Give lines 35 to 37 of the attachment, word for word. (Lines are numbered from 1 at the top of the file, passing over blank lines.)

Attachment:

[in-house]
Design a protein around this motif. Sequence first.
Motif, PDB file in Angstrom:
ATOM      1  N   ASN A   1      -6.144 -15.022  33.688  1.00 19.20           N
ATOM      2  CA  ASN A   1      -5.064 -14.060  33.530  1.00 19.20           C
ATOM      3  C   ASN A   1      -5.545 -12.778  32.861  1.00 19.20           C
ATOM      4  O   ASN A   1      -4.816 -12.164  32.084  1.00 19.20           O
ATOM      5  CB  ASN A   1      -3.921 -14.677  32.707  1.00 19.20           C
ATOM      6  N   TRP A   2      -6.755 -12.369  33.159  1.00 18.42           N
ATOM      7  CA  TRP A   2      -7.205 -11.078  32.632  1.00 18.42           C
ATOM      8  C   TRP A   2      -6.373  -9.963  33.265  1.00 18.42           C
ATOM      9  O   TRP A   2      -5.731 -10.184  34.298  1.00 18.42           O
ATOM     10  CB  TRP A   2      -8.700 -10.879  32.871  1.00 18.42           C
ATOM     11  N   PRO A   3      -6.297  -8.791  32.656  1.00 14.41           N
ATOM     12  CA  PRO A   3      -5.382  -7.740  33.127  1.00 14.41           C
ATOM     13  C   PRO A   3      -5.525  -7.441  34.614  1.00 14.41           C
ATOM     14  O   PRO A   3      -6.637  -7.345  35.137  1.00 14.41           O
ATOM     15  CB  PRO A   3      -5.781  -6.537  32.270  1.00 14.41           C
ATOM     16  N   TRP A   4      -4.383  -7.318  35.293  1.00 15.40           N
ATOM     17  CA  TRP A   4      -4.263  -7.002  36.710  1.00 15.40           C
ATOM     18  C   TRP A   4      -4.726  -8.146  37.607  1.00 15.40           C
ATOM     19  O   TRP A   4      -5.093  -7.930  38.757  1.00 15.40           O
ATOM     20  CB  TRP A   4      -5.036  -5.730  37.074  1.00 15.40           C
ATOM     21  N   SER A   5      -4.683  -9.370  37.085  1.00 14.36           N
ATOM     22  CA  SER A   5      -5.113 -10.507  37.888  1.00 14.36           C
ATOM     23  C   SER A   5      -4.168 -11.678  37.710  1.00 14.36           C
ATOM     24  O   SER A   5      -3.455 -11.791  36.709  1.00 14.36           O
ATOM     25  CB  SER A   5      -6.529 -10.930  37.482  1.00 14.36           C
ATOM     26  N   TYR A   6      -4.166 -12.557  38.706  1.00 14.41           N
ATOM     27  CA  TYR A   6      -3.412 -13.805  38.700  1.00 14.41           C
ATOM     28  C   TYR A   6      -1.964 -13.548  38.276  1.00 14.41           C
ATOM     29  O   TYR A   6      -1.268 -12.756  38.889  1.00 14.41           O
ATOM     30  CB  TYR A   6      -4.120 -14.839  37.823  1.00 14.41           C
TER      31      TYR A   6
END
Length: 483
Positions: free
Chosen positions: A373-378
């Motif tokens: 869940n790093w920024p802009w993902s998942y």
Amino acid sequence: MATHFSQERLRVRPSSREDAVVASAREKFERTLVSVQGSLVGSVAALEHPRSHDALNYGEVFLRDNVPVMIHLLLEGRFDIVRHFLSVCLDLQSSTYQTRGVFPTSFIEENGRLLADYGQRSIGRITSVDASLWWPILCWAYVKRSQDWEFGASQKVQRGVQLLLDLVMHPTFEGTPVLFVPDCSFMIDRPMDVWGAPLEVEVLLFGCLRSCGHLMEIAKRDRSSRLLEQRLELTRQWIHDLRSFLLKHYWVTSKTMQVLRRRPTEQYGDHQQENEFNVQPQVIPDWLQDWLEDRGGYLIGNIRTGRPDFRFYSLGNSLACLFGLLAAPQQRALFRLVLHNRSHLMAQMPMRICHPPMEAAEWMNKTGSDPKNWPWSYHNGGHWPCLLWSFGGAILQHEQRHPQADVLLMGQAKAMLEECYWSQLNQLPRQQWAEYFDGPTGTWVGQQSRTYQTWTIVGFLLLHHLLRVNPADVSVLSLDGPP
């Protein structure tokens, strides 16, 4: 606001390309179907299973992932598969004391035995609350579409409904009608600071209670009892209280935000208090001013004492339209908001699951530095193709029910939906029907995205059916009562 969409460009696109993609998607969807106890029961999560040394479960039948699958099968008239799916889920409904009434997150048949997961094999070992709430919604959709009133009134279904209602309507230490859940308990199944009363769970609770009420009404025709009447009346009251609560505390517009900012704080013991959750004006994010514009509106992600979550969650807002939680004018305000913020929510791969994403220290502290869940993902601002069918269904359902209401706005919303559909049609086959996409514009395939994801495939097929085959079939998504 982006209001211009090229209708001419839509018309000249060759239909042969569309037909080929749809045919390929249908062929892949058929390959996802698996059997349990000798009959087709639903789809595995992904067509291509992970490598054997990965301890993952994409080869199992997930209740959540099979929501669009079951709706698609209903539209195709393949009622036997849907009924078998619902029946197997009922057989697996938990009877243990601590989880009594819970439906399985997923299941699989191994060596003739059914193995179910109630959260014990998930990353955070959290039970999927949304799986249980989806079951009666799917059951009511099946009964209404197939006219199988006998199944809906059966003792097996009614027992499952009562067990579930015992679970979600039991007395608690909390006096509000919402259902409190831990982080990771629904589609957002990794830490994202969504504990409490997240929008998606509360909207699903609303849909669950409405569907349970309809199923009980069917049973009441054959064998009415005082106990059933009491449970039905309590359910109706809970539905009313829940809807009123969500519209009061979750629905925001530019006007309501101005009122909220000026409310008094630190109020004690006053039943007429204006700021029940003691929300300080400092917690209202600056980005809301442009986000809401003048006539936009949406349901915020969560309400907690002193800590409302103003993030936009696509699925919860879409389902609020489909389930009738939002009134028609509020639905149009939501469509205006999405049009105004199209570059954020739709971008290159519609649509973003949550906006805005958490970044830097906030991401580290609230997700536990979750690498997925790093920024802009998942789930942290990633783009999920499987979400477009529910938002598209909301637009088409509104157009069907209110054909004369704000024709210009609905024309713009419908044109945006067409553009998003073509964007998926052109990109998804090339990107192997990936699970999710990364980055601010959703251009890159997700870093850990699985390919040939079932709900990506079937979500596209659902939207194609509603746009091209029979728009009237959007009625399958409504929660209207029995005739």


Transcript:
END
Length: 483
Positions: free